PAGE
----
Jan de Quay

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Dr.
Jan de Quay
GOON CNL
Jan de Quay 1963 (1).jpg
Jan de Quay in 1963
Prime Minister of the Netherlands
In office
19 May 1959 – 24 July 1963
MonarchJuliana
DeputyHenk Korthals
Preceded byLouis Beel
Succeeded byVictor Marijnen
Minister of Transport and
Water Management
In office
22 November 1966 – 5 April 1967
Prime MinisterJelle Zijlstra
Preceded byKo Suurhoff
Succeeded byJoop Bakker
Deputy Prime Minister
In office
22 November 1966 – 5 April 1967
Serving with Barend Biesheuvel
Prime MinisterJelle Zijlstra
Preceded byAnne Vondeling
Barend Biesheuvel
Succeeded byJohan Witteveen
Joop Bakker
Member of the Senate
In office
25 June 1963 – 22 November 1966
In office
13 June 1967 – 16 September 1969
Parliamentary groupCatholic People's Party
Minister of Defence
In office
1 August 1959 – 4 September 1959
Ad interim
Prime MinisterJan de Quay
Preceded bySidney J. van den Bergh
Succeeded bySim Visser
Queen's Commissioner of North Brabant
In office
1 November 1946 – 19 May 1959
MonarchWilhelmina (1946–1948)
Juliana (1948–1959)
Preceded byJohannes van Oyen
Succeeded byConstant Kortmann
Minister of War
In office
4 April 1945 – 25 June 1945
Prime MinisterPieter Sjoerds Gerbrandy
Preceded byJim de Booy (Ad interim)
Succeeded byJo Meynen
Personal details
BornJan Eduard de Quay
(1901-08-26)26 August 1901
's-Hertogenbosch, Netherlands
Died4 July 1985(1985-07-04) (aged 83)
Beers, Netherlands
NationalityDutch
Political partyChristian Democratic Appeal
(from 1980)
Other political
affiliations
Roman Catholic
State Party

(before 1945)
Catholic People's Party
(1945–1980)
Spouse(s)
Maria van der Lande
(m. 1927; his death 1985)
Children9 children
Alma materUtrecht University
(Bachelor of Social Science, Master of Social Science, Doctor of Philosophy)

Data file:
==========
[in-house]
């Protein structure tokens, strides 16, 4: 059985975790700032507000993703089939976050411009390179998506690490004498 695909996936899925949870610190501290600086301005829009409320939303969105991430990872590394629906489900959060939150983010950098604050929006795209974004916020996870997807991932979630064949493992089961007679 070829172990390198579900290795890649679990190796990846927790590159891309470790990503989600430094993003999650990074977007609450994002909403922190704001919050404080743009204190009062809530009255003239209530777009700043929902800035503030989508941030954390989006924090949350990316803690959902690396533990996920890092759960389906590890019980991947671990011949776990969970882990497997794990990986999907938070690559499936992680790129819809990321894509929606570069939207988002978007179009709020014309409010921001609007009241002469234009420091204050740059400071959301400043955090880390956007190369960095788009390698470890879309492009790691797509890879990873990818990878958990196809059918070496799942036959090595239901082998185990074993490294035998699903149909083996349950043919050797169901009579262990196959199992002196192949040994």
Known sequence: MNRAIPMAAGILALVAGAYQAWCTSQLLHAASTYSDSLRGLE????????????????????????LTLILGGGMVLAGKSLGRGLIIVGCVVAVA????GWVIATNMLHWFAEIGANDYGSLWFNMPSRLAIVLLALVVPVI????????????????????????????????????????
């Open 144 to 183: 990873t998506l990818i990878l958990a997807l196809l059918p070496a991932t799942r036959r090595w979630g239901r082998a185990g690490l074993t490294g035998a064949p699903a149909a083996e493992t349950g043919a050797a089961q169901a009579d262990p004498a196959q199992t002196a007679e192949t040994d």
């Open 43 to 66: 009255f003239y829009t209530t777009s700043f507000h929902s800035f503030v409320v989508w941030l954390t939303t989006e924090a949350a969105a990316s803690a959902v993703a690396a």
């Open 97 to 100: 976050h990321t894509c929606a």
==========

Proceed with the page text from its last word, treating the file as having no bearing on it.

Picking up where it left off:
OccupationPolitician · Civil servant · Psychologist · Teacher · Academic administrator · Researcher · Professor
Military service
Allegiance Netherlands
Service/branchRoyal Netherlands Army
Years of serviceConscription 1939–1940
Reserve from 1945–1946
RankNl-landmacht-majoor.svg Major
Battles/warsWorld War II

Jan Eduard de Quay (26 August 1901 – 4 July 1985) was a Dutch politician of the defunct Catholic People's Party (KVP) now merged into the Christian Democratic Appeal (CDA). He served as Prime Minister of the Netherlands from 19 May 1959 until 24 July 1963.

He previously served as Minister of War from 4 April 1945 until 24 June 1945 in the Cabinet Gerbrandy III. He became Queen's Commissioner of North Brabant serving from 1 November 1946 until 19 May 1959. After the Dutch general election of 1959, de Quay became Prime Minister of the Netherlands, leading the Cabinet De Quay. And as acting Minister of Defence from 1 August 1959 until 4 September 1959 following the resignation of Sidney J. van den Bergh.

After his premiership, De Quay remained in active politics and became a Member of the Senate from 25 June 1963 until 22 November 1966 when he became Minister of Transport and Water Management and Deputy Prime Minister in the caretaker Cabinet Zijlstra serving from 22 November 1966 until 5 April 1967. He became again a Member of the Senate serving from 13 June 1967 until 16 September 1969.[1]

Biography[edit]

Early life[edit]

Jan Eduard de Quay was born in 's-Hertogenbosch on 26 August 1901. After attending a Jesuit school in Katwijk, he graduated in psychology from the University of Utrecht in 1926. The following year he was awarded a doctorate for his thesis on the contribution of sensory and motor factors to the learning and labour process.